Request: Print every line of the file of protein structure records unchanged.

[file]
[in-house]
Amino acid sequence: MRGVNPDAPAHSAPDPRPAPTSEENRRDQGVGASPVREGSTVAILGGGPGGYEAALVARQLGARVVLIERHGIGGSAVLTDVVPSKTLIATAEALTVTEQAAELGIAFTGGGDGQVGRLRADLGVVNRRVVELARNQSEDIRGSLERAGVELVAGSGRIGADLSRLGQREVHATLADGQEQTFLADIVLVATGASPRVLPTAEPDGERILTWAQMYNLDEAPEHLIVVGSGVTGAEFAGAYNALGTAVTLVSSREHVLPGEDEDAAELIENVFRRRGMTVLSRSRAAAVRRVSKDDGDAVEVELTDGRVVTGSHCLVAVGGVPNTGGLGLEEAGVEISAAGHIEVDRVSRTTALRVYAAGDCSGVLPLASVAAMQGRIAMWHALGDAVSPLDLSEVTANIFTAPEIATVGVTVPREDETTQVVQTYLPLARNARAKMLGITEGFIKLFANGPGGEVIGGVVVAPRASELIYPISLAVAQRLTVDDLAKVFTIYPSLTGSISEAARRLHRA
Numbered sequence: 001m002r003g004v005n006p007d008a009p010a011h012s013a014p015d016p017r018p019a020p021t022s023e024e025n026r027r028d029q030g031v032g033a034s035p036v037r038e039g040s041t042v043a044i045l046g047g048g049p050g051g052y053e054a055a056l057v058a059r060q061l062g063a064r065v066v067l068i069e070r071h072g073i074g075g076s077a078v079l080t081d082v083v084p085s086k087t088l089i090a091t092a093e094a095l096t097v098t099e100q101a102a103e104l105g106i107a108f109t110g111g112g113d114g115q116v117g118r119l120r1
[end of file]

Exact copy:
[in-house]
Amino acid sequence: MRGVNPDAPAHSAPDPRPAPTSEENRRDQGVGASPVREGSTVAILGGGPGGYEAALVARQLGARVVLIERHGIGGSAVLTDVVPSKTLIATAEALTVTEQAAELGIAFTGGGDGQVGRLRADLGVVNRRVVELARNQSEDIRGSLERAGVELVAGSGRIGADLSRLGQREVHATLADGQEQTFLADIVLVATGASPRVLPTAEPDGERILTWAQMYNLDEAPEHLIVVGSGVTGAEFAGAYNALGTAVTLVSSREHVLPGEDEDAAELIENVFRRRGMTVLSRSRAAAVRRVSKDDGDAVEVELTDGRVVTGSHCLVAVGGVPNTGGLGLEEAGVEISAAGHIEVDRVSRTTALRVYAAGDCSGVLPLASVAAMQGRIAMWHALGDAVSPLDLSEVTANIFTAPEIATVGVTVPREDETTQVVQTYLPLARNARAKMLGITEGFIKLFANGPGGEVIGGVVVAPRASELIYPISLAVAQRLTVDDLAKVFTIYPSLTGSISEAARRLHRA
Numbered sequence: 001m002r003g004v005n006p007d008a009p010a011h012s013a014p015d016p017r018p019a020p021t022s023e024e025n026r027r028d029q030g031v032g033a034s035p036v037r038e039g040s041t042v043a044i045l046g047g048g049p050g051g052y053e054a055a056l057v058a059r060q061l062g063a064r065v066v067l068i069e070r071h072g073i074g075g076s077a078v079l080t081d082v083v084p085s086k087t088l089i090a091t092a093e094a095l096t097v098t099e100q101a102a103e104l105g106i107a108f109t110g111g112g113d114g115q116v117g118r119l120r1